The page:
What movie is it: Students write a short movie summary. You can limit the written summary to a certain number of sentences. Usually I ask the students to keep to about 10 lines. After students have written up their basic summaries, they then talk about the movie’s plot with another student. The point of the game is obviously for the students to guess the title of their partner’s movie. To make the activity a little more conversational in nature, during the second round of the game, I will ask the students to include personal opinions about the movie after every two lines or so. Here is an example of a summary a student gave about the movie Real Steel. The bolded sentences are the student’s personal opinions which were added to the written summary:
A man controlled a big steel robot and had boxing fights.
I thought the fighting was really cool.
But the man got divorced and the man had to raise his son.
His son found an old robot in a garbage dump.
I liked this part of the movie. The man and his son could know each
Pictogloss: This is a variation on the dictogloss activity. First students pick a book or a movie that they would like to recommend to a friend. You could also ask students to choose from one of the articles that they have read in class. Students get a few minutes to compose a written summary. Then, while saying the summary, their partner listens and instead of writing words, draws pictures of key words. Here is an example of two movie summaries that students produced in pictogloss form. Can you guess what movies they are? The written summaries and movie titles are included at the end of this post:
Now comes the confusing part. The student who originally said the summary takes the pictogloss from their partner and uses that to help give the summary to other students. This requires the student to engage in a transformation activity, in which the images in the page are translated back into words and then serve as the base for their spoken summary practice. As a side note, you can do all sorts of activities with written summaries and pictoglosses, such as playing a matching game, having other students in class try to read the pictogloss and decide what the summary is about, etc. (Shameless promotion #1: if you’re interested in a more detailed look at pictogloss, I will have short article in the upcoming winter issue of the ETAS Journal in which I go through the process step by step.)
Story Flood: I have 14 short stories I’ve written for ELLs. Some are available here and here. For a story flood, I lay out a handful of stories and have the students read the first line of each paragraph until they find a story which they find interesting. Once they’ve picked a story, they read it through and write up a summary, a critique, and give the story a star rating (1-5 stars). Then they have four minutes to tell another student about the story as well as to listen to their partner’s summary. If they hear a summary which seems intriguing, they then go and take that story, read it through and produce a new summary which is then shared with another student. The activity is a bit chaotic as some students are reading while others are writing and others are talking. But I find that in a ninety-minute class, students will be able to write and practice talking about three stories. Here is an example of two students’ summaries with links to the stories upon which they were based:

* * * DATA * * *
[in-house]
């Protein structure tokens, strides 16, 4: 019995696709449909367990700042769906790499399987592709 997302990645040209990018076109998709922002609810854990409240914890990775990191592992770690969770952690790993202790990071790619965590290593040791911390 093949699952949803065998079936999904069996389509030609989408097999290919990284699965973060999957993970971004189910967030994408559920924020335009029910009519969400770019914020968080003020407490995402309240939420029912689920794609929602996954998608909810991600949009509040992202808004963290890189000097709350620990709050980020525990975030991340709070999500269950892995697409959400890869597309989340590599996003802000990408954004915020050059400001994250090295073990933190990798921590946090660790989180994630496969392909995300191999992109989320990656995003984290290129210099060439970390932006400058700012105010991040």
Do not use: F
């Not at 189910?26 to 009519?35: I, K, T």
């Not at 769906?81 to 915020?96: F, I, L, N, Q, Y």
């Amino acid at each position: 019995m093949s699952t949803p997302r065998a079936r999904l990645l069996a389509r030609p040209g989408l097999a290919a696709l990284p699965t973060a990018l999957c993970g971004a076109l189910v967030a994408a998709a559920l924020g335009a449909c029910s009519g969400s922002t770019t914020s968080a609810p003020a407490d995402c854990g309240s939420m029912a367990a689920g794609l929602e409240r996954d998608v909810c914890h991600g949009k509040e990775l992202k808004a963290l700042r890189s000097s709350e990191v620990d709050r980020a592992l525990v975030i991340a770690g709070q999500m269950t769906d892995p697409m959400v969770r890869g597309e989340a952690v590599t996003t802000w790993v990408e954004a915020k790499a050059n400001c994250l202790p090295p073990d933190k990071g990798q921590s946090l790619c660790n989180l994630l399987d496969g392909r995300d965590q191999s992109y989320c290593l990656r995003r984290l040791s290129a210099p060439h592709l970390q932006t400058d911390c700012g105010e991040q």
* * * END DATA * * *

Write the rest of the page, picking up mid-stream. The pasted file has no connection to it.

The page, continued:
Summary of “Learning to Call Something from Nothing”
Summary of “To Gather Up”
A Summary of Summarizing
Doing summary work with upper-level and lower-level students is going to be quite different. Not just because the level and types of texts will vary, but because of the sense of audience. By sense of audience in this case, I mean the idea of who will be reading or listening to the student produced summaries. For a higher-level student in a EAP class, the audience is, eventually, the scholarly community which they are hoping to join. The act of developing good summary skills is necessary for them to engage in dialogue with this community. But for lower-level students, there is always the issue of who they are producing their summaries for and just what purpose a summary actual serves in communication. I’ve tried to make these summary fluency activities as conversational as possible. I’ve also tried to get students engaged in activities which will, in some way, potential impact the other students in the class. I wish I had found a better way to emphasize these points at the beginning of this process and would really appreciate any suggestions along those lines. And while I said this was going to be a 3 part series, I am planning to write one more post on summarizing. The final post will be a look at an activity to boost student autonomy around summarizing and should be a return to a more reflective practices style of post.